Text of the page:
It had been very pleasant to sit in the sun among the pretty daffodils in his friends’ garden, but it wasn’t long before Algy heard the call of the sea again. He could never stay away from the ocean for long without suffering from Sea Fever, and he knew that there was only one remedy for that particular disorder:

      I must go down to the seas again, to the lonely sea and the sky,
     And all I ask is a tall ship and a star to steer her by;
     And the wheel’s kick and the wind’s song and the white sail’s shaking,
     And a grey mist on the sea’s face, and a grey dawn breaking,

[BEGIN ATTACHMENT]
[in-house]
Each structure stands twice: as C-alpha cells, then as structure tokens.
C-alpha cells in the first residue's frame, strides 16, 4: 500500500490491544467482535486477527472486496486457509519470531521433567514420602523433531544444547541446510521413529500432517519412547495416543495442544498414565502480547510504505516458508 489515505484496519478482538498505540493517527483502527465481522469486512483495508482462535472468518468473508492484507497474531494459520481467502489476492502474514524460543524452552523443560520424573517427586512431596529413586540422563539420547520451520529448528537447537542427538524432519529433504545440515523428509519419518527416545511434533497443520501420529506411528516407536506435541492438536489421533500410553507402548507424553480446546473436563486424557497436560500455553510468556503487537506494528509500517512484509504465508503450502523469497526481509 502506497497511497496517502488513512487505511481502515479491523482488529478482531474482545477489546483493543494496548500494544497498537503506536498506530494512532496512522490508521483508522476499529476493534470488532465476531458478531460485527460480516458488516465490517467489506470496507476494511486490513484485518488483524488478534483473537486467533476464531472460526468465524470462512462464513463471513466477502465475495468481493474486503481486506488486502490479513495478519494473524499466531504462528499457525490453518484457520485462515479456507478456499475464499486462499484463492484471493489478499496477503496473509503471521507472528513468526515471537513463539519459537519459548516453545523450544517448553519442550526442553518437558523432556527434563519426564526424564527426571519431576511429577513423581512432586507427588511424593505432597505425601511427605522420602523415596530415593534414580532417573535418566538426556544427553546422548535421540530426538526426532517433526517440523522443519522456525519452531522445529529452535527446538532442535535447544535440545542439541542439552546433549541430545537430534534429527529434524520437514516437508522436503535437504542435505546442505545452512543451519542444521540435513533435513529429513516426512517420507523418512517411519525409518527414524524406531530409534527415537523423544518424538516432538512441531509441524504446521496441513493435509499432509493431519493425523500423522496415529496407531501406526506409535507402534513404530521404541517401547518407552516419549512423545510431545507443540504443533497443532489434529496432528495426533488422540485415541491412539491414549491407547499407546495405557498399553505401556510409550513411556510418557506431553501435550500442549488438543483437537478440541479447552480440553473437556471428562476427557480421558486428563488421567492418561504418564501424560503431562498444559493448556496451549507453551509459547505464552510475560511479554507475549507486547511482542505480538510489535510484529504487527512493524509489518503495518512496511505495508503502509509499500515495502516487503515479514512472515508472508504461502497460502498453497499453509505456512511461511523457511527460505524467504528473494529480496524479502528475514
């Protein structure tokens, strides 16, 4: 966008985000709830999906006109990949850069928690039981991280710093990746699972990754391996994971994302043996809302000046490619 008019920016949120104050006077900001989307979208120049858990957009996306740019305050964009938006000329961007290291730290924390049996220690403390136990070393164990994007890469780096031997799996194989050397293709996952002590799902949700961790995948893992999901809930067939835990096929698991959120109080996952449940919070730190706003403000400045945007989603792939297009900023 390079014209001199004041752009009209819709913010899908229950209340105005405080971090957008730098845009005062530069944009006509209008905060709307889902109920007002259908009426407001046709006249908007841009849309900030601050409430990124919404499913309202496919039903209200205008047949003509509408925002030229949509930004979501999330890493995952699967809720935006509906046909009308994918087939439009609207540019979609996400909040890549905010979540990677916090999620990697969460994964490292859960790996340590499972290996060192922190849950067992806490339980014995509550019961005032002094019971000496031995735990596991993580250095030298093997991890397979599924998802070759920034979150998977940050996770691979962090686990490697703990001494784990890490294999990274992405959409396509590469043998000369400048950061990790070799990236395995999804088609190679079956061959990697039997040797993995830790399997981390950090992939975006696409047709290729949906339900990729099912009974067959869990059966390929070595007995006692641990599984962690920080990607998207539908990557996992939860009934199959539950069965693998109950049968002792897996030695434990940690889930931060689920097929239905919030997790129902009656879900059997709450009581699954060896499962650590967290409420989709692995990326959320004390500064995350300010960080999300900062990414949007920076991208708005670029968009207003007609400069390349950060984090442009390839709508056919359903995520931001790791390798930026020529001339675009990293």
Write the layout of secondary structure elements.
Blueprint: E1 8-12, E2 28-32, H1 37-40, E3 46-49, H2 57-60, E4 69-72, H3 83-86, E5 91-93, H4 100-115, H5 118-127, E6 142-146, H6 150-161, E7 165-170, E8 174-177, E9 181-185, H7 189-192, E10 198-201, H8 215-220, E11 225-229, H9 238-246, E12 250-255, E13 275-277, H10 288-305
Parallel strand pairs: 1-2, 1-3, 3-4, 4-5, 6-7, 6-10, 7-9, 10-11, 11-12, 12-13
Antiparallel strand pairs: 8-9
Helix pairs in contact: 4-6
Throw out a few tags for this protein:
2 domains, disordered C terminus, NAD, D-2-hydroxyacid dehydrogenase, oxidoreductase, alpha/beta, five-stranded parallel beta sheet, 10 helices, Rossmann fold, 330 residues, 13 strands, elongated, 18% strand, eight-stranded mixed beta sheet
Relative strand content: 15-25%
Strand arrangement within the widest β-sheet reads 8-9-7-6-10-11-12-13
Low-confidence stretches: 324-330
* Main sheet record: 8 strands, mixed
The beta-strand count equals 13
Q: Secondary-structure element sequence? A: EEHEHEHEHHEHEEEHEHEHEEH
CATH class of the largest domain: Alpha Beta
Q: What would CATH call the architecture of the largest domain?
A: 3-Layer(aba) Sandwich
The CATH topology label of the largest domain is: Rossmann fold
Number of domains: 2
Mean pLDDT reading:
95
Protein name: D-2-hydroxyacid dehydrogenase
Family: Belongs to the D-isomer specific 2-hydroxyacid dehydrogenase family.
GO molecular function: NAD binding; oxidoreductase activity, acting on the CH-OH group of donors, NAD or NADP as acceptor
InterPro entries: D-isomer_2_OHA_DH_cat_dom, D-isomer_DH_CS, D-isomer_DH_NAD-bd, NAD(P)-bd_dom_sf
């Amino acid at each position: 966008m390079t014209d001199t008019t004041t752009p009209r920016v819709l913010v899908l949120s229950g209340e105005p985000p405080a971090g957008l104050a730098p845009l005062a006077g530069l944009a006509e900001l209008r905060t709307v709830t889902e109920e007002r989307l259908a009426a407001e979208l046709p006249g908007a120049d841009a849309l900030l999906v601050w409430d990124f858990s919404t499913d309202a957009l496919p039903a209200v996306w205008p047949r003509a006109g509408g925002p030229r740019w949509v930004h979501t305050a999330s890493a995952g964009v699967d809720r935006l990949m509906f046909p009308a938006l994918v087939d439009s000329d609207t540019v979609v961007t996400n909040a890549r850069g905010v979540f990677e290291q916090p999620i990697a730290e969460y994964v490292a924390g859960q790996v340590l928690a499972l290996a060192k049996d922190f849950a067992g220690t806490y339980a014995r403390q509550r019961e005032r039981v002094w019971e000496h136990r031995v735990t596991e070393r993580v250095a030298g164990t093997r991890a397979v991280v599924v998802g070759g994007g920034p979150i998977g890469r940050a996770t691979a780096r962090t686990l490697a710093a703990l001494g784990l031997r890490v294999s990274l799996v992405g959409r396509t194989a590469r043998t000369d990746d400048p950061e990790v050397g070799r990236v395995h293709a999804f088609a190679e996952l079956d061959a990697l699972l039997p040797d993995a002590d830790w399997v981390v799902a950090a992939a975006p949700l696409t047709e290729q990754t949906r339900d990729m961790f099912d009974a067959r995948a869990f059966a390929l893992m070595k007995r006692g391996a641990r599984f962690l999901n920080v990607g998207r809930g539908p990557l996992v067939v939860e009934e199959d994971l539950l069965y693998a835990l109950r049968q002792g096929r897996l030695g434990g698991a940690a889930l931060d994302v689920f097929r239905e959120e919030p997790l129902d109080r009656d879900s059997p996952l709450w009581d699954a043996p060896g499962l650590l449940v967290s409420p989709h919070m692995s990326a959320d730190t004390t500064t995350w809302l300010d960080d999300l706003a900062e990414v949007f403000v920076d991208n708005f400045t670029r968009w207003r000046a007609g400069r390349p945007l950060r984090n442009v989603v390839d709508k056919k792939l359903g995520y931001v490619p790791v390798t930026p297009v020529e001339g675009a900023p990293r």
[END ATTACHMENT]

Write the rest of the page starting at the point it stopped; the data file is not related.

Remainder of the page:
I must go down to the seas again, for the call of the running tide
     Is a wild call and a clear call that may not be denied;
     And all I ask is a windy day with the white clouds flying,
     And the flung spray and the blown spume, and the sea-gulls crying.

[Algy is quoting the first two verses of the popular poem Sea Fever by John Masefield.]

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